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South Asian Network of Simcoe hosts first Diwali event in Alliston

November 18, 2021   ·   0 Comments

On Saturday, November 13, the South Asian Network of Simcoe, a new group founded by residents of Treetops in Alliston, hosted a Festival of Lights & Diwali event at the Legion – the first event of its kind in New Tecumseth.

The family-friendly gathering had something for everyone, including food, kids crafts, loot bags, henna tattoos, music and dance, and was well attended – including members of New Tecumseth Council, Mayor Rick Milne and Councillor Donna Jebb.

“Our Diwali celebration was a huge success,” group and event co-founder Anjana Thom told The Times. “Everyone had a great time and we were honoured to host Mayor Milne and Councillor Jebb.”

The South Asian Network was created on October 15, 2021, as a private Facebook group by Anjana Thom, Komal Dahiya, and Anjali Sharma. Membership is growing steadily, as present members extend invitations to others.

“Primarily, we created this group to create a vibrant and safe space for the members of the South Asian community who share common cultural beliefs, practices, and values,” said Thom. “It is a vehicle to encourage social interaction and to ensure that the customs and traditions of the community stay alive.”

The group is open to anyone who wants to join, with current members representing the South Asian community, as well as West Indian, and a few other ethnicities.

Councillor Jebb is a member also. 

“We are an inclusive group that welcomes anyone who is willing to be a respectful part of our dynamic community,” said Thom. “The goal of the group is to create a community space for the South Asian community; it began as a social media group and still maintains that presence. Most members have not met each other in person except for the key organizers of the Diwali event who met to initiate planning.”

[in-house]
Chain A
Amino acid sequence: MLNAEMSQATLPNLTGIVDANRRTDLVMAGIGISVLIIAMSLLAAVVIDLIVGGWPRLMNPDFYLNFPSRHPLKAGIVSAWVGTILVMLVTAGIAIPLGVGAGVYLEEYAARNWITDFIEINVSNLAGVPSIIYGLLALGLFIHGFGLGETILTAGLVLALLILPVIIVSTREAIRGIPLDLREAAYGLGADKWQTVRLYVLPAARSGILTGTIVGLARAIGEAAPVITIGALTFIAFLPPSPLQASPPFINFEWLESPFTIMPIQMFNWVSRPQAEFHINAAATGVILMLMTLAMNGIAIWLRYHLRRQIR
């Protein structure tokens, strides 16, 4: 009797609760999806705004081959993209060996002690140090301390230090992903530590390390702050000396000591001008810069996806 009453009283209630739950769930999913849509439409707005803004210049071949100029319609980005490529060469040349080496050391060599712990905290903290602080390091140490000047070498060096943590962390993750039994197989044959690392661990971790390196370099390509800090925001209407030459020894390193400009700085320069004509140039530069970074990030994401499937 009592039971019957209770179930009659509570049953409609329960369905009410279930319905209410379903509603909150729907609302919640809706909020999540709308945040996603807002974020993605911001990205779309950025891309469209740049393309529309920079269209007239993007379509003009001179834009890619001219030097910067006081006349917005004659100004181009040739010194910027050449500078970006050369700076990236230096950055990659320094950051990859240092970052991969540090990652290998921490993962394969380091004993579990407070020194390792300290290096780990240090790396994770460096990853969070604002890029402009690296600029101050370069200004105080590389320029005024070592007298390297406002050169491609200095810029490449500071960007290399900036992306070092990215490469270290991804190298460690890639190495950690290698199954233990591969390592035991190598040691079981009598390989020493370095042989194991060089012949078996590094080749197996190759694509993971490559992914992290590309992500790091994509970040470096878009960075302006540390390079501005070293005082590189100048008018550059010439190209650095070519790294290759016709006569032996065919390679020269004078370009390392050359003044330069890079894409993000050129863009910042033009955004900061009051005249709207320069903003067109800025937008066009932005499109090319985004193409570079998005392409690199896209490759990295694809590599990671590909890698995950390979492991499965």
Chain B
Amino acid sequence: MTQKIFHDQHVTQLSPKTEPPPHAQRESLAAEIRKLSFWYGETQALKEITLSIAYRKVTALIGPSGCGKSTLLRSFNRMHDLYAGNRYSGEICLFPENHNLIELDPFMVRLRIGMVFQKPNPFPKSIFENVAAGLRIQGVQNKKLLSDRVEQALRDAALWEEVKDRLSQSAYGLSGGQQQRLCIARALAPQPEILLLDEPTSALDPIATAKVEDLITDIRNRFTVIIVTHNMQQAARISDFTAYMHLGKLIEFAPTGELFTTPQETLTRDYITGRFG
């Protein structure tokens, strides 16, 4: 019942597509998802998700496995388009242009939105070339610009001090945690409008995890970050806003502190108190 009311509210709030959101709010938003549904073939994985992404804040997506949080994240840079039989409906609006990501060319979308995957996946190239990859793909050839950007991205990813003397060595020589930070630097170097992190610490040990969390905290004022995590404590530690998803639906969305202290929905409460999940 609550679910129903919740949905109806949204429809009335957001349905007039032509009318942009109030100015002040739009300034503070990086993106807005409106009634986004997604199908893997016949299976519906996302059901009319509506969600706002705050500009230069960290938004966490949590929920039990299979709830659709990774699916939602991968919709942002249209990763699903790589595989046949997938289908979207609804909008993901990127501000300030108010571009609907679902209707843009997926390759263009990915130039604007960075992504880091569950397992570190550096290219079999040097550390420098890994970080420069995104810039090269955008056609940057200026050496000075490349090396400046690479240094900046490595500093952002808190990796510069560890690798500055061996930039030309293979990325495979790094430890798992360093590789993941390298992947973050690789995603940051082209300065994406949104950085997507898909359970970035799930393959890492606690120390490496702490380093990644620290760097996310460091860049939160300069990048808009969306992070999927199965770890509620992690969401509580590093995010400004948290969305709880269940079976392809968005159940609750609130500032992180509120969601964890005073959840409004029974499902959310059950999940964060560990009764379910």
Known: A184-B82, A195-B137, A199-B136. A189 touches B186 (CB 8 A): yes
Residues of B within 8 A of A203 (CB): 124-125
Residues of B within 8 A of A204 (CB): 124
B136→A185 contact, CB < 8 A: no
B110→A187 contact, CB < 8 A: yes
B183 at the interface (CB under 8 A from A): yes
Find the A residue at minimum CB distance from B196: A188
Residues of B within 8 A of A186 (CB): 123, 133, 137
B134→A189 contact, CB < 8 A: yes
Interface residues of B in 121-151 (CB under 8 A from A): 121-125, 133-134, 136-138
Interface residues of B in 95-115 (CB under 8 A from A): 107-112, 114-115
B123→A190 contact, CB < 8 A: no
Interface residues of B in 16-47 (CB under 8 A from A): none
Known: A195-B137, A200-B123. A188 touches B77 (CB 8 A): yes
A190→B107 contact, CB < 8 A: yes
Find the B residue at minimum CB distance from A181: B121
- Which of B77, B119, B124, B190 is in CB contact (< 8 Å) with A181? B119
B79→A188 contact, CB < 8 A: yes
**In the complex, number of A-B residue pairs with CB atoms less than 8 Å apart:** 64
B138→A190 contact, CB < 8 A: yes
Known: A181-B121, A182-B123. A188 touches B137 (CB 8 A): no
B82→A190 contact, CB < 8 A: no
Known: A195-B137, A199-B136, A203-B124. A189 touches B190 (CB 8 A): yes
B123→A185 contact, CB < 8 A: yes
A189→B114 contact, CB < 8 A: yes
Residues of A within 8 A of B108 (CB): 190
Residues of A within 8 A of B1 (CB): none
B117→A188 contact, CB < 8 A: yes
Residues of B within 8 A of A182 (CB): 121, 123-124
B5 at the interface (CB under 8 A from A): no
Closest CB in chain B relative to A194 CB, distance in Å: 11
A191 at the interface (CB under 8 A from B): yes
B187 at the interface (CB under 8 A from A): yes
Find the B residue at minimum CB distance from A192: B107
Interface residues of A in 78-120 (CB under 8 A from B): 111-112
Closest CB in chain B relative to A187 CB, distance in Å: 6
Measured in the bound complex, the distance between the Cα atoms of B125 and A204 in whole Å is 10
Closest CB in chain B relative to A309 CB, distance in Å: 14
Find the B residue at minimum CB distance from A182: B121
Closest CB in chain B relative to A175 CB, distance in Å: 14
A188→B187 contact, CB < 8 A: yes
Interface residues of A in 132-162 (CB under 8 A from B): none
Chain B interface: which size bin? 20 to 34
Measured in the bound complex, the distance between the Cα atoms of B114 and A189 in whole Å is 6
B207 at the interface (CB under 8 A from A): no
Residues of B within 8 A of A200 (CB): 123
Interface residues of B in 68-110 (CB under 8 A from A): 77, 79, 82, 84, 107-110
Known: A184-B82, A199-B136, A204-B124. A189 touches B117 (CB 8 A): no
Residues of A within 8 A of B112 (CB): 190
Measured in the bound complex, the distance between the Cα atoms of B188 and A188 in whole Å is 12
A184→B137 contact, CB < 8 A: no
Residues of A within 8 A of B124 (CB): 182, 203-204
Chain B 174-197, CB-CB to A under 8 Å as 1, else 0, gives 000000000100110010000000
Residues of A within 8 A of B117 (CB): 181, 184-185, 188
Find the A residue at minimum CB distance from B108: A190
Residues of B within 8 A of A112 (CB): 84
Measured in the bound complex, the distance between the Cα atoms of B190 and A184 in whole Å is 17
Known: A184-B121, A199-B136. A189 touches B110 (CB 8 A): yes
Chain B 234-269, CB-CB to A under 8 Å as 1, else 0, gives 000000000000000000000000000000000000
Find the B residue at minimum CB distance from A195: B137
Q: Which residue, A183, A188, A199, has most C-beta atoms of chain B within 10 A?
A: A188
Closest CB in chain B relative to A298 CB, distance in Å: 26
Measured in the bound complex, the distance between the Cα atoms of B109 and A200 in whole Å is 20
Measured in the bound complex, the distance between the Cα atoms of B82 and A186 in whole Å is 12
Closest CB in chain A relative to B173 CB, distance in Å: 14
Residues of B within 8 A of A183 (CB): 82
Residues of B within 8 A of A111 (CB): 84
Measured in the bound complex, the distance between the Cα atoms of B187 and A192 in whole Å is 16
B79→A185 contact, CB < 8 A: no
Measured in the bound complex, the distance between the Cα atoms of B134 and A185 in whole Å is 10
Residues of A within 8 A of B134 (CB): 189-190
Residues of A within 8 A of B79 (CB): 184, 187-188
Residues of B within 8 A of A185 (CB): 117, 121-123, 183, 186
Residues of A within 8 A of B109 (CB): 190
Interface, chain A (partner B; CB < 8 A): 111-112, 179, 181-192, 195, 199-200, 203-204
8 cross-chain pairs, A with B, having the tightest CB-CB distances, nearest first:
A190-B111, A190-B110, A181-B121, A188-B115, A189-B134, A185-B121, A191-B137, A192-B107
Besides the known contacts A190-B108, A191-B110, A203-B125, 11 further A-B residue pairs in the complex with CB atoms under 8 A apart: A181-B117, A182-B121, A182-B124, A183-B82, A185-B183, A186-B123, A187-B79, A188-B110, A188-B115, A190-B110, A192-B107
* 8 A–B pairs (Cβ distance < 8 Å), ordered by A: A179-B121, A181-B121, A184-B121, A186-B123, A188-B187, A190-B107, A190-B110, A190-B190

The first in-person event drew 60 attendees, a hopeful experience for organizers who say they’re looking forward to the New Year, and registering the group as a non-profit organization.

“We [hope to] become organized with a proper governance structure, including elected directors on the board,” said Thom. “We will meet as is necessary to plan and organize events such as fundraisers, cultural celebrations, social gatherings, programs for youth, and more.”

Within just one short month, the South Asian Network has grown from three members to 91.

“We are growing in numbers every day, so we expect to surpass one hundred in a couple of weeks,” said Thom. “Most members are motivated by the opportunity to connect with others from a similar cultural background, to be part of a larger social network, participate in cultural events, promote their business which may cater specifically to the South Asian community, and a few simply join out of curiosity and interest.”

Still in its infancy, group leaders are encouraged by their ability to plan, organize, and execute a Diwali event in just two weeks.

“This speaks volumes about the commitment, vision, and dedication of our members,” said Thom. “I think that this is simply a preview of many other activities that we will host in the coming year.”

“Diwali is an annual celebration that takes place in India. It is celebrated with a great deal of enthusiasm and ceremony. Like many other cultural celebrations in the South Asian community, Diwali is a community event, and families begin their festivities days before the big day arrives, and on the day of Diwali, many families begin with prayers at home followed by a lavish meal and putting out many diyas – small clay lamps lit with wicks soaked in oil,” explained Thom. “Then, it moves outside to the larger community where gifts and sweets are exchanged and fireworks light up the night sky well past midnight. Our event was meant to bring the community together to celebrate this festive occasion in a fun way. We had about twenty-two families participate. The evening was organized so there was something for everyone. There was a children’s craft table set up, which was a huge hit. It kept the children engaged and happy for the better part of the evening.”

The South Asian Network of Simcoe hopes to host a smaller-scale event over the Christmas holidays – once they have caught their breath, and rested up after an intense two-week planning period and spending spree.

For more information, or to join this private group, search “South Asian Network of Simcoe” on Facebook.

By Wendy Gabrek


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